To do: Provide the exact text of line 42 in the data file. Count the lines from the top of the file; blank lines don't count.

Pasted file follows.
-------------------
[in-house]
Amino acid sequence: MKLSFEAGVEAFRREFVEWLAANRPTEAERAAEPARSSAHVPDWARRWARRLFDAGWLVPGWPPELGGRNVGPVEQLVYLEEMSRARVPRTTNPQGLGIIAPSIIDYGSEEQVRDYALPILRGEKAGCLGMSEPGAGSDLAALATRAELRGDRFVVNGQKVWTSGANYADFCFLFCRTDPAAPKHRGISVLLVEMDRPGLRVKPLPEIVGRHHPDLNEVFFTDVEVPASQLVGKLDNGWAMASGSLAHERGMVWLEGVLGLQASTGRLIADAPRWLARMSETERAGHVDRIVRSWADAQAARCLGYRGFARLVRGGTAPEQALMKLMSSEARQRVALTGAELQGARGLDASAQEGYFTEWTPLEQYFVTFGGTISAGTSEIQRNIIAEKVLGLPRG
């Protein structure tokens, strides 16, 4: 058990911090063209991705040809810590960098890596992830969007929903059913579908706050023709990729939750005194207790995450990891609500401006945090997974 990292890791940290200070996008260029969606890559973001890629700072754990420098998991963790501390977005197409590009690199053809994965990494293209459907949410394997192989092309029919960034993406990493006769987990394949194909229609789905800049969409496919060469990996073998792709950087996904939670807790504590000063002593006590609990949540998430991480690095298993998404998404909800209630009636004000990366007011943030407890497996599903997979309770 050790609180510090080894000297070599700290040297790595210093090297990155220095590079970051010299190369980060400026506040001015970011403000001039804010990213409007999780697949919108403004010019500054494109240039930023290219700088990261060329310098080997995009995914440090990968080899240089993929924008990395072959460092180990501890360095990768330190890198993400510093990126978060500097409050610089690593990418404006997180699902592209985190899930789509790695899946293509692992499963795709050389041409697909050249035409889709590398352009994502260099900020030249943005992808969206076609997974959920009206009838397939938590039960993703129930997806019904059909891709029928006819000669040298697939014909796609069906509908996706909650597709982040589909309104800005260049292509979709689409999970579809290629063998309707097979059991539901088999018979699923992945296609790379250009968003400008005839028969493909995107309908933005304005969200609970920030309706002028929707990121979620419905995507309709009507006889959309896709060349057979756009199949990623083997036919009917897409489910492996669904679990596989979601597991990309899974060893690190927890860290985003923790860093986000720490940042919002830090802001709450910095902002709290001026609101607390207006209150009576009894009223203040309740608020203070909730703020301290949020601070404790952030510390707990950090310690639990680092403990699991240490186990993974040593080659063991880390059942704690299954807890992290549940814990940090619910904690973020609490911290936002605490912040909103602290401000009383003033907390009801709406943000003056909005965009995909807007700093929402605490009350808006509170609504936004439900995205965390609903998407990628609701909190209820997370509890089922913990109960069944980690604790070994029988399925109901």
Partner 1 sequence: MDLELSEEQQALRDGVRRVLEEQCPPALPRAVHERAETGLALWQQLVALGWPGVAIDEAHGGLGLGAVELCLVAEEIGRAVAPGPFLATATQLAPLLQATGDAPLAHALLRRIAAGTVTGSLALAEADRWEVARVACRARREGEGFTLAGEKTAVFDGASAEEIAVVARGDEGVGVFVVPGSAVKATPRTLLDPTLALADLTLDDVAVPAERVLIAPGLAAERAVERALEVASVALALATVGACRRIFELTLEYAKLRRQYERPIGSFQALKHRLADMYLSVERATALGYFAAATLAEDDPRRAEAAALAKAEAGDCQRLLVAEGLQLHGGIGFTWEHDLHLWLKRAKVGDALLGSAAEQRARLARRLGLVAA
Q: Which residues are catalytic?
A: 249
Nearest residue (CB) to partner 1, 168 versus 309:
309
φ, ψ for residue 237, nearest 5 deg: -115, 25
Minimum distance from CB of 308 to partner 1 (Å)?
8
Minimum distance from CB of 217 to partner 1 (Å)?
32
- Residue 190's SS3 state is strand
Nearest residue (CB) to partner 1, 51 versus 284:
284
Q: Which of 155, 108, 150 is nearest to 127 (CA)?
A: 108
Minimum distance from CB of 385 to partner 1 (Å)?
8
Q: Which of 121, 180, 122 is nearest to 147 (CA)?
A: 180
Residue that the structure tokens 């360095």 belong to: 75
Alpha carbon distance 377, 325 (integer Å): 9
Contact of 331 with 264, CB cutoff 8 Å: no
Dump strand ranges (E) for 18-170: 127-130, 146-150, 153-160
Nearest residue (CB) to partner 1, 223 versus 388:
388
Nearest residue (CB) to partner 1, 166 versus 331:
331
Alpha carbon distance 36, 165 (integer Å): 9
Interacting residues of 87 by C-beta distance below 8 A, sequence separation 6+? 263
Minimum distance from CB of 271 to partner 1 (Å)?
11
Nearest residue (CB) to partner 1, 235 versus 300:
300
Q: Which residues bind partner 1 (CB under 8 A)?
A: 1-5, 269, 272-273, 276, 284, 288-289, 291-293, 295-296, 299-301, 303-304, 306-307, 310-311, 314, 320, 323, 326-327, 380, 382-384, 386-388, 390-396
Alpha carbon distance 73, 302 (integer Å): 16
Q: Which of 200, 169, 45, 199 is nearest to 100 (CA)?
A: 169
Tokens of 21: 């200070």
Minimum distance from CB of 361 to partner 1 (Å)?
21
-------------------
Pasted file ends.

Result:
Tokens of 21: 């200070």